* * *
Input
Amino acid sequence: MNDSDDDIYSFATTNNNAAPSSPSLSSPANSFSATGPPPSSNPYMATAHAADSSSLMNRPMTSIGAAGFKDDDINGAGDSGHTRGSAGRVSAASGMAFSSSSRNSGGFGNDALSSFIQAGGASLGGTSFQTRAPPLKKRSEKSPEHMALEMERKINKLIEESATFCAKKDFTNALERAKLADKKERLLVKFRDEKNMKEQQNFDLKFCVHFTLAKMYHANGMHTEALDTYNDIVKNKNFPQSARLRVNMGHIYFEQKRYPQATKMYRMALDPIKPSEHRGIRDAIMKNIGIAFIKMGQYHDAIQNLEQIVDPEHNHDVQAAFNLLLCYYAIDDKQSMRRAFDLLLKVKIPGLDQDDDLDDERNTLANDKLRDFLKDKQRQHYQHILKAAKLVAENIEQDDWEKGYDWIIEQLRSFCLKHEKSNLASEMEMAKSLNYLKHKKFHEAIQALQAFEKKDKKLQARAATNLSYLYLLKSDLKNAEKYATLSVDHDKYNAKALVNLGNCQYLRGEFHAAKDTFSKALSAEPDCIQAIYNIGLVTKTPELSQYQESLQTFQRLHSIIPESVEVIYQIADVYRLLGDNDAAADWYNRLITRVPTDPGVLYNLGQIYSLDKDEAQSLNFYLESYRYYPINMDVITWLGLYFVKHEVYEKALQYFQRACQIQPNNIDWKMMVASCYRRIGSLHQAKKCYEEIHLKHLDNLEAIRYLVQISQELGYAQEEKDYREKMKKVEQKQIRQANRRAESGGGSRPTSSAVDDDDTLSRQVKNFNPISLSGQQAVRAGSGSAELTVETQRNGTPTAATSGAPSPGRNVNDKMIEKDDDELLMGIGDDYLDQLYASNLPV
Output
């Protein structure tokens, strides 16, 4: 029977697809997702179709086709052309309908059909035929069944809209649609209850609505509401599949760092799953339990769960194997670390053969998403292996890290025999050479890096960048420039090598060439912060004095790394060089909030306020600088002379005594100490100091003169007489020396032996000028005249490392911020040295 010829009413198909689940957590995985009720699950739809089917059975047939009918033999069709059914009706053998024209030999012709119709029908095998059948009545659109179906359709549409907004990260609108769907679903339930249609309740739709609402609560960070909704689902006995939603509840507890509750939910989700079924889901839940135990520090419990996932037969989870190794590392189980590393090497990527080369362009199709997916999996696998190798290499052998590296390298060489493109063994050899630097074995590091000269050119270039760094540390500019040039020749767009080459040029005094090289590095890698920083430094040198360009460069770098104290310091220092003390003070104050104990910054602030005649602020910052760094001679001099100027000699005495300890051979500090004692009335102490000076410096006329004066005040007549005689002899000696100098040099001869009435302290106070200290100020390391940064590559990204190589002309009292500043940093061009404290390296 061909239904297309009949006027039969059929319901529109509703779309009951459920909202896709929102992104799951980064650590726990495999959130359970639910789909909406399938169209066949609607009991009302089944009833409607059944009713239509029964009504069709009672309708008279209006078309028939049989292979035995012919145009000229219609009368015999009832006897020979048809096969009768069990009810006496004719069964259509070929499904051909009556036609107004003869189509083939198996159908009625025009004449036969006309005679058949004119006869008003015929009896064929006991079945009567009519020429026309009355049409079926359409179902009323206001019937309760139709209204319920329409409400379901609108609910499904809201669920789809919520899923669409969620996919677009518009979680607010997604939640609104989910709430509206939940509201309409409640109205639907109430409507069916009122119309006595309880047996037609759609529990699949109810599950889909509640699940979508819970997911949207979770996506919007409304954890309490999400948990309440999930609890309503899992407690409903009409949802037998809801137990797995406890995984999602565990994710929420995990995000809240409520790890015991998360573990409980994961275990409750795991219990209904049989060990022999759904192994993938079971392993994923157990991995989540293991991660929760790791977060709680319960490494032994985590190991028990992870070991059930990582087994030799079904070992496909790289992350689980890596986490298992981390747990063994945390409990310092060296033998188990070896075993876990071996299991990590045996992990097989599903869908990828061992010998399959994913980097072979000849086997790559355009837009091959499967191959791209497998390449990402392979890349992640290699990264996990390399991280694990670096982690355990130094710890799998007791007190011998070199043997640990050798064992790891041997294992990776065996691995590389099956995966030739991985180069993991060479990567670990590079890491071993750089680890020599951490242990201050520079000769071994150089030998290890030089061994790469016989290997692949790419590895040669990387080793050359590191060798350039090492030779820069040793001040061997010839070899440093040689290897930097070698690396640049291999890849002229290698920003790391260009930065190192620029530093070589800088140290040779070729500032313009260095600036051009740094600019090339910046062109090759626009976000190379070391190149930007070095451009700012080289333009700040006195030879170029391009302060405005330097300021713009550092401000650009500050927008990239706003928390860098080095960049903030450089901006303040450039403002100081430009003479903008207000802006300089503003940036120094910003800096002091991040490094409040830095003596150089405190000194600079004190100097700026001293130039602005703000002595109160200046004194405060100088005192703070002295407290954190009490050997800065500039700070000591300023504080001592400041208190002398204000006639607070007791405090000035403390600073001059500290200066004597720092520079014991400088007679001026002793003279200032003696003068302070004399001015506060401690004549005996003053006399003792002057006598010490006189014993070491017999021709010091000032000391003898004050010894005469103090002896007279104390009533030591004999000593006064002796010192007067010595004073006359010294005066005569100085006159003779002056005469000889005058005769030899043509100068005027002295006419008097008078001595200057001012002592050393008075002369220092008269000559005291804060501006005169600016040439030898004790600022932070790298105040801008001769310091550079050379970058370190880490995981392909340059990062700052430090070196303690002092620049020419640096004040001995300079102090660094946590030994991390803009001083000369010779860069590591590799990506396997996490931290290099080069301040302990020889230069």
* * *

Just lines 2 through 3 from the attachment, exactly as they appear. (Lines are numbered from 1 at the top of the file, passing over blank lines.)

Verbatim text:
Amino acid sequence: MNDSDDDIYSFATTNNNAAPSSPSLSSPANSFSATGPPPSSNPYMATAHAADSSSLMNRPMTSIGAAGFKDDDINGAGDSGHTRGSAGRVSAASGMAFSSSSRNSGGFGNDALSSFIQAGGASLGGTSFQTRAPPLKKRSEKSPEHMALEMERKINKLIEESATFCAKKDFTNALERAKLADKKERLLVKFRDEKNMKEQQNFDLKFCVHFTLAKMYHANGMHTEALDTYNDIVKNKNFPQSARLRVNMGHIYFEQKRYPQATKMYRMALDPIKPSEHRGIRDAIMKNIGIAFIKMGQYHDAIQNLEQIVDPEHNHDVQAAFNLLLCYYAIDDKQSMRRAFDLLLKVKIPGLDQDDDLDDERNTLANDKLRDFLKDKQRQHYQHILKAAKLVAENIEQDDWEKGYDWIIEQLRSFCLKHEKSNLASEMEMAKSLNYLKHKKFHEAIQALQAFEKKDKKLQARAATNLSYLYLLKSDLKNAEKYATLSVDHDKYNAKALVNLGNCQYLRGEFHAAKDTFSKALSAEPDCIQAIYNIGLVTKTPELSQYQESLQTFQRLHSIIPESVEVIYQIADVYRLLGDNDAAADWYNRLITRVPTDPGVLYNLGQIYSLDKDEAQSLNFYLESYRYYPINMDVITWLGLYFVKHEVYEKALQYFQRACQIQPNNIDWKMMVASCYRRIGSLHQAKKCYEEIHLKHLDNLEAIRYLVQISQELGYAQEEKDYREKMKKVEQKQIRQANRRAESGGGSRPTSSAVDDDDTLSRQVKNFNPISLSGQQAVRAGSGSAELTVETQRNGTPTAATSGAPSPGRNVNDKMIEKDDDELLMGIGDDYLDQLYASNLPV
Output